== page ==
# Optimal number of components in a Gaussian mixture

So, getting an "idea" of the optimal number of clusters in k-means is well documented. I found an article on doing this in gaussian mixtures, but not sure I am convinced by it, don't understand it very well. Is there a ... gentler way of doing this?

• Could you cite the article, or at least outline the methodology it proposes? It's hard to come up with a "gentler" way of doing this if we don't know the baseline :) – jbowman Jul 16 '12 at 18:30
• Geoff McLachlan and others have written books on mixture distributions. I am sure these include approaches to determining the number of components in a mixture. You could probably look there. I agree with jbowman that relieving your confusion would best be achieved if you would indicate to us what it is that you are confused about. – Michael R. Chernick Jul 16 '12 at 19:05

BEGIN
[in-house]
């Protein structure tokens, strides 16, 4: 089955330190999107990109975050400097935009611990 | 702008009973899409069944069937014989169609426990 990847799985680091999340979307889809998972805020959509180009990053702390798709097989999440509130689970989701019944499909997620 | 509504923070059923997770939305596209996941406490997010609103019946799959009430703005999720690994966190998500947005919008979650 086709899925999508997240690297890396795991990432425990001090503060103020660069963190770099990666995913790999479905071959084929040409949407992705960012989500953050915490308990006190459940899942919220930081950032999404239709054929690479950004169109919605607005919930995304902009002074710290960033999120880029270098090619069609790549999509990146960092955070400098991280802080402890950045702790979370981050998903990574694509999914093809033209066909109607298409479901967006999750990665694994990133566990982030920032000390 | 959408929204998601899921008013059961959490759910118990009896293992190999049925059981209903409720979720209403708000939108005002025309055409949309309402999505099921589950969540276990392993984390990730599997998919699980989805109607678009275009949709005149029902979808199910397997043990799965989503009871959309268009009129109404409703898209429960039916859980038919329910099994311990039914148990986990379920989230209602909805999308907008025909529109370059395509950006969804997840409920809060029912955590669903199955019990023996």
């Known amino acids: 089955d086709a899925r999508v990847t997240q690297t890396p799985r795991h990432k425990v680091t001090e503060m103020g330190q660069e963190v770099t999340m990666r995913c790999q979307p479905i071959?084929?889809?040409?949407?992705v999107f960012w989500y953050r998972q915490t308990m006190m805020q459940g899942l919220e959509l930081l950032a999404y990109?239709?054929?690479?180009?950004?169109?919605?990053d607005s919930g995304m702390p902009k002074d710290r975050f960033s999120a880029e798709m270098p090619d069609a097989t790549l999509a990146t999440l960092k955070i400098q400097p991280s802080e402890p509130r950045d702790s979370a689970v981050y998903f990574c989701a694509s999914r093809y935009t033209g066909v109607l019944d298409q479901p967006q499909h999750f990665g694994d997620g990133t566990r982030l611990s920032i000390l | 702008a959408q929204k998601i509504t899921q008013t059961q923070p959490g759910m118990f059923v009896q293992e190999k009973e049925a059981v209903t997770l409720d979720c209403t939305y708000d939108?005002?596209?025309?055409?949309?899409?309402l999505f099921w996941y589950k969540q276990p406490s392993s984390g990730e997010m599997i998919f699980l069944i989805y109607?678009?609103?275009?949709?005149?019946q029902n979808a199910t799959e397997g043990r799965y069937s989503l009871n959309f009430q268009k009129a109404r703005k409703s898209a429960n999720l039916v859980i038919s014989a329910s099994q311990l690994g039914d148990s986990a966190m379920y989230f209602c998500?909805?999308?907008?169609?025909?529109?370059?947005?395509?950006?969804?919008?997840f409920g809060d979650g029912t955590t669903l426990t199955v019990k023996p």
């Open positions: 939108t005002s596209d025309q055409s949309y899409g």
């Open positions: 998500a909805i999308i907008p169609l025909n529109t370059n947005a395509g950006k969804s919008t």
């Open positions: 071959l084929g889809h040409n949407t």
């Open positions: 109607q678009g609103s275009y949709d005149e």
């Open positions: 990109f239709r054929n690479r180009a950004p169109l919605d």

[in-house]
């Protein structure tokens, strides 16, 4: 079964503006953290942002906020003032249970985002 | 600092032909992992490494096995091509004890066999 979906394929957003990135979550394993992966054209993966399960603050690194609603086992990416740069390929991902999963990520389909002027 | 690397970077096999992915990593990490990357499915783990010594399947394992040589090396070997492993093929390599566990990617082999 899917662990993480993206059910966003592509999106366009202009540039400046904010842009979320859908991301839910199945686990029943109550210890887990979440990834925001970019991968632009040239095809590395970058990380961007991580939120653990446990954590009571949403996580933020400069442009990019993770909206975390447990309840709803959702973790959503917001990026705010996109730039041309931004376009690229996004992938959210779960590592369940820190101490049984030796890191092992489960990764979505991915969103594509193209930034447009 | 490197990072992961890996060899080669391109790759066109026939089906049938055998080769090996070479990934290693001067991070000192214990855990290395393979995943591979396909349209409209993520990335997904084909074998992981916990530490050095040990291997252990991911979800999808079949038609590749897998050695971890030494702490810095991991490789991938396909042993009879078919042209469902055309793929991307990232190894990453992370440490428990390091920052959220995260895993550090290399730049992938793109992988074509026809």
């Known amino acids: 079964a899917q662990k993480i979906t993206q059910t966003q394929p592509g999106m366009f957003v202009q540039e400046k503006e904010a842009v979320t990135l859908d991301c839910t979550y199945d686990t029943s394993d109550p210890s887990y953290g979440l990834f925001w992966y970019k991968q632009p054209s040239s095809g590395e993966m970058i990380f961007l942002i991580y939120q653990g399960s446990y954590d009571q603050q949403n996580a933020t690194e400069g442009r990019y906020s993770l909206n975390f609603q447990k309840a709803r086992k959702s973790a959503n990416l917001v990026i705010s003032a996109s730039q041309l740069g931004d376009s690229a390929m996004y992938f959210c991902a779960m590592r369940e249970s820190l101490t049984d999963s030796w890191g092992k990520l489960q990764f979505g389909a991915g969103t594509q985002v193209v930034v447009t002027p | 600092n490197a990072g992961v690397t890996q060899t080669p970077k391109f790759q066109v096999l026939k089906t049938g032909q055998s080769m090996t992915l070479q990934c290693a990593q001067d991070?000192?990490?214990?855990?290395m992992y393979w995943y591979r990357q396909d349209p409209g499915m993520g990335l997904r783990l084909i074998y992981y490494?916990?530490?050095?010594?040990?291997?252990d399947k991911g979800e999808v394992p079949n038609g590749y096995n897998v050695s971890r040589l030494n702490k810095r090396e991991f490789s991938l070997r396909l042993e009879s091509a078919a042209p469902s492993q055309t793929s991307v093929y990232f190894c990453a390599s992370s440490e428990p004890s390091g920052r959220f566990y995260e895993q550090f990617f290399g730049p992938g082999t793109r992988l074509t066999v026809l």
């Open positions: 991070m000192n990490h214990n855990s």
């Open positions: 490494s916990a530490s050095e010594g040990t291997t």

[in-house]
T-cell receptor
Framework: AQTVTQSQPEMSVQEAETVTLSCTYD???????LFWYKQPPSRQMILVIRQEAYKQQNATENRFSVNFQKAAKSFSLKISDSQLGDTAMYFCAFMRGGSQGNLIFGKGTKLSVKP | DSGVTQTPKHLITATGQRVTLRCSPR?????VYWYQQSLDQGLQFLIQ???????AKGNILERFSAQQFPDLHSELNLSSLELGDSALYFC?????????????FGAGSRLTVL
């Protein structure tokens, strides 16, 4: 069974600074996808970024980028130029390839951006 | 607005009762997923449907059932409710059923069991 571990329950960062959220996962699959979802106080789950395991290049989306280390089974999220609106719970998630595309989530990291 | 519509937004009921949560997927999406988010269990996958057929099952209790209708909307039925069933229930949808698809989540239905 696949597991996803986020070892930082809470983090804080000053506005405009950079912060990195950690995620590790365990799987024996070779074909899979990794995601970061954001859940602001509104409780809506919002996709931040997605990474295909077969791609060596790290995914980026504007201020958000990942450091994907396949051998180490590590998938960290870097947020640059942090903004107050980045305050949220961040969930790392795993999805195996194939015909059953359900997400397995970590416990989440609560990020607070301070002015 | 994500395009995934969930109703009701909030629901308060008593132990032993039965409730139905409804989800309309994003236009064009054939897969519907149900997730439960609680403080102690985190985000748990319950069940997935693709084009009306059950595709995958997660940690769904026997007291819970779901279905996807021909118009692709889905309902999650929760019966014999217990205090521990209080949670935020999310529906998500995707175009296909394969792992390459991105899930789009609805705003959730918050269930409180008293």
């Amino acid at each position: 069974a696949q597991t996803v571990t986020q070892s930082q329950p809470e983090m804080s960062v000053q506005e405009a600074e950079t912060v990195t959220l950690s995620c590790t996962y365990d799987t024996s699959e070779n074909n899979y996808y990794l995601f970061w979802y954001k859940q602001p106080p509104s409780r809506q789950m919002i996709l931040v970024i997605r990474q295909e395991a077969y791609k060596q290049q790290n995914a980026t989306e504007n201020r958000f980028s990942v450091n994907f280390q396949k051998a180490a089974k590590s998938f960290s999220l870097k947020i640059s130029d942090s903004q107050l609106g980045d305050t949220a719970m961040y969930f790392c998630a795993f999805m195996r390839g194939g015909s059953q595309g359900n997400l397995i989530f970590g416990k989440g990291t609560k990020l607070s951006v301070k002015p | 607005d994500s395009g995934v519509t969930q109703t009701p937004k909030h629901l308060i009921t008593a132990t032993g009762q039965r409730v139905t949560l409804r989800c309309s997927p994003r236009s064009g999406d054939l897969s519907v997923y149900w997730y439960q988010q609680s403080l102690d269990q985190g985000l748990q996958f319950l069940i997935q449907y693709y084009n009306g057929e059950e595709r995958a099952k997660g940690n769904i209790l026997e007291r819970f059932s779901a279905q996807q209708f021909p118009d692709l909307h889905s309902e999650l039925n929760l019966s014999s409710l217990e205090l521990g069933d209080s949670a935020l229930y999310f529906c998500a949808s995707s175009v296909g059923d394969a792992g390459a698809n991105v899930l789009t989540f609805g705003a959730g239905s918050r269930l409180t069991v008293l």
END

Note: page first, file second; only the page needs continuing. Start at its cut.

• The Estimating Optimal Number of Gaussian Mixtures Based on Incremental k-means for Speaker Identification.... Is its title, it's free to download. It basically increments the number of clusters by 1 until you see that two clusters become dependant between each other, something like that. Thank you! – JEquihua Jul 18 '12 at 20:18
• Why not just choose the number of components that maximises the cross-validation estimate of the likelihood? It is computationally expensive, but cross-validation is hard to beat in most cases for model selection, unless there are a large number of parameters to tune. – Dikran Marsupial Dec 18 '13 at 15:58
• Can you explain a bit what the cross-validation estimate of the likelihood is? I'm not aware of the concept. Thank you. – JEquihua Dec 18 '13 at 19:36

The likelihood for GMM is just $p(x|\pi,\mu,\Sigma)=\sum_K\pi_kN(x|\mu_k,\Sigma_k)$ by definition, where $K$ is the number of components (clusters) and $\pi$,$\mu$,$\Sigma$ are model parameters. By changing the value of $K$ you can plot the GMM likelihood for training and validation sets like the following.
Another commonly used the method is the Bayesian information criterion (BIC): $$BIC = -2\log(L)+K\log(n)$$ where $L$ is the likelihood, K the number of parameters and $n$ the number of data points. It can be understood as adding a penalty for the number of parameters to the log likelihood.